I know the answer (it's 42)

A blog on coding, .NET, .NET Compact Framework and life in general....

September, 2008

  • I know the answer (it's 42)

    How Many Types are loaded for Hello World

    Fairy princess


    Consider the following super simple C# code

    namespace SmartDeviceProject1
        class Program
            static void Main(string[] args)

    Can you guess how many managed Type gets loaded to run this? I was doing some profiling the .NET Compact Framework loader (for entirely unrelated reason) and was surprised by the list that got dumped. 87 177 types**, never could've guessed that...

    1. System.Object
    2. System.ValueType
    3. System.Enum
    4. System.Void
    5. System.Boolean
    6. System.Char
    7. System.SByte
    8. System.Byte
    9. System.Int16
    10. System.UInt16
    11. System.Int32
    12. System.UInt32
    13. System.Int64
    14. System.UInt64
    15. System.Single
    16. System.Double
    17. System.String
    18. System.Type
    19. System.Reflection.MemberInfo
    20. System.RuntimeType
    21. System.Array
    22. System.IntPtr
    23. System.UIntPtr
    24. System.Text.StringBuilder
    25. System.Delegate
    26. System.MulticastDelegate
    27. System.DateTime
    28. System.Exception
    29. System.MarshalByRefObject
    30. System.AppDomain
    31. System.__ComObject
    32. System.Decimal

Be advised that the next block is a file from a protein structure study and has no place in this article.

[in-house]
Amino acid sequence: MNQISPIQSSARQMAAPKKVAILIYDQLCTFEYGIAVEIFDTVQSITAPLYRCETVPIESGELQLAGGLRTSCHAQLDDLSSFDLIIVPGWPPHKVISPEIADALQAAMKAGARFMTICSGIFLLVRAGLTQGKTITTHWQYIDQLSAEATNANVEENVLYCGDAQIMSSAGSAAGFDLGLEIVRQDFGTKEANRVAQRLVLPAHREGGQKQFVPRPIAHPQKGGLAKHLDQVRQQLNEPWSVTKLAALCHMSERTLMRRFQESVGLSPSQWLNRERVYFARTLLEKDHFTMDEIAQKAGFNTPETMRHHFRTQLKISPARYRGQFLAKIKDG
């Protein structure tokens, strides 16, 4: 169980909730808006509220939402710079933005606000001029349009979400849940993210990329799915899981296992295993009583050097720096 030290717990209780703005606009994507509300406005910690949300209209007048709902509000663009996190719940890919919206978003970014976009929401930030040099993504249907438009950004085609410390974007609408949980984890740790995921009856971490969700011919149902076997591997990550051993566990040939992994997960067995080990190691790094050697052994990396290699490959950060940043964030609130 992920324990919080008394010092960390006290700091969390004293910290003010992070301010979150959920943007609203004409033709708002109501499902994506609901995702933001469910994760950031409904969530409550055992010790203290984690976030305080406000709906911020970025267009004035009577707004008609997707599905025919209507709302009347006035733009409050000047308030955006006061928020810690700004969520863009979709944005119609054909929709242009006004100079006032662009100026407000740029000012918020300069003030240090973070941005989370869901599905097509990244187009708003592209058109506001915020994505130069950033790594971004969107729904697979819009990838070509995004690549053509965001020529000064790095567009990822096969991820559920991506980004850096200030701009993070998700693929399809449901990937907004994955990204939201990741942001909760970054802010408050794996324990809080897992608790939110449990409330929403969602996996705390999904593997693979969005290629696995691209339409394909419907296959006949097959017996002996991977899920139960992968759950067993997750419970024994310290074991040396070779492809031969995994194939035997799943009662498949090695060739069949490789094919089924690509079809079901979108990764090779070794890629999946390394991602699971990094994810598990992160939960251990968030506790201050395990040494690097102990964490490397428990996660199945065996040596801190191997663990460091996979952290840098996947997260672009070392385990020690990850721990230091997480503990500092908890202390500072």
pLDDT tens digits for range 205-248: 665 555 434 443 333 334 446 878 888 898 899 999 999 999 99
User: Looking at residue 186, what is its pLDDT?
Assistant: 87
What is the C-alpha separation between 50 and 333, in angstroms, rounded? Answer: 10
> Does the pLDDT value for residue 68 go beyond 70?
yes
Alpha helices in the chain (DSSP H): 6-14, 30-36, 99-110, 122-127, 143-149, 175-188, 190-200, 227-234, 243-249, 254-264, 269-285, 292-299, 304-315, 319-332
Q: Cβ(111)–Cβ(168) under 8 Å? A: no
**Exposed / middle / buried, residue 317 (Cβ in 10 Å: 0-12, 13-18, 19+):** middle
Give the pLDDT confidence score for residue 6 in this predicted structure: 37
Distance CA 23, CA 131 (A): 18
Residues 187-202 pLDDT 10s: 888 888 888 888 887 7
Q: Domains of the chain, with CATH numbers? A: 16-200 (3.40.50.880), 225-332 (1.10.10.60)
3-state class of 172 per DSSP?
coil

33. System.SZArrayHelper
    34. System.Collections.IEnumerable
    35. System.Collections.IEnumerator
    36. System.Nullable`1
    37. System.SystemException
    38. System.Security.VerificationException
    39. System.Runtime.InteropServices.CurrencyWrapper
    40. System.Runtime.InteropServices.UnknownWrapper
    41. System.Runtime.InteropServices.DispatchWrapper
    42. System.Runtime.InteropServices.ErrorWrapper
    43. System.Runtime.InteropServices.CustomMarshalerHelper
    44. System.Attribute
    45. System.Runtime.InteropServices.InterfaceTypeAttribute
    46. System.Runtime.InteropServices.GuidAttribute
    47. System.Runtime.InteropServices.ComVisibleAttribute
    48. System.Runtime.InteropServices.ComEventInterfaceAttribute
    49. System.Runtime.InteropServices.ComSourceInterfacesAttribute
    50. System.Runtime.InteropServices.LCIDConversionAttribute
    51. System.Runtime.InteropServices.ComDefaultInterfaceAttribute
    52. System.Runtime.InteropServices.DispIdAttribute
    53. System.CorPubObject
    54. System.Char[]
    55. System.Collections.Hashtable
    56. System.Reflection.BindingFlags
    57. System.Reflection.MemberFilter
    58. System.Reflection.Binder
    59. System.Type[]
    60. System.Reflection.TypeAttributes
    61. System.Void*
    62. System.Int32[]
    63. System.IntPtr[]
    64. System.Collections.IDictionary
    65. System.UnhandledExceptionEventHandler
    66. System.AppDomainManager
    67. System.Version
    68. System.Runtime.InteropServices.ComInterfaceType
    69. System.Collections.ICollection
    70. System.Collections.IEqualityComparer
    71. System.AppDomainManagerInitializationOptions
    72. System.ArithmeticException
    73. System.ArgumentException
    74. System.MissingMemberException
    75. System.MemberAccessException
    76. System.AppDomainSetup
    77. System.Runtime.InteropServices.Marshal
    78. System.PInvoke.EE
    79. System.Reflection.AssemblyName
    80. System.Byte[]
    81. System.Globalization.CultureInfo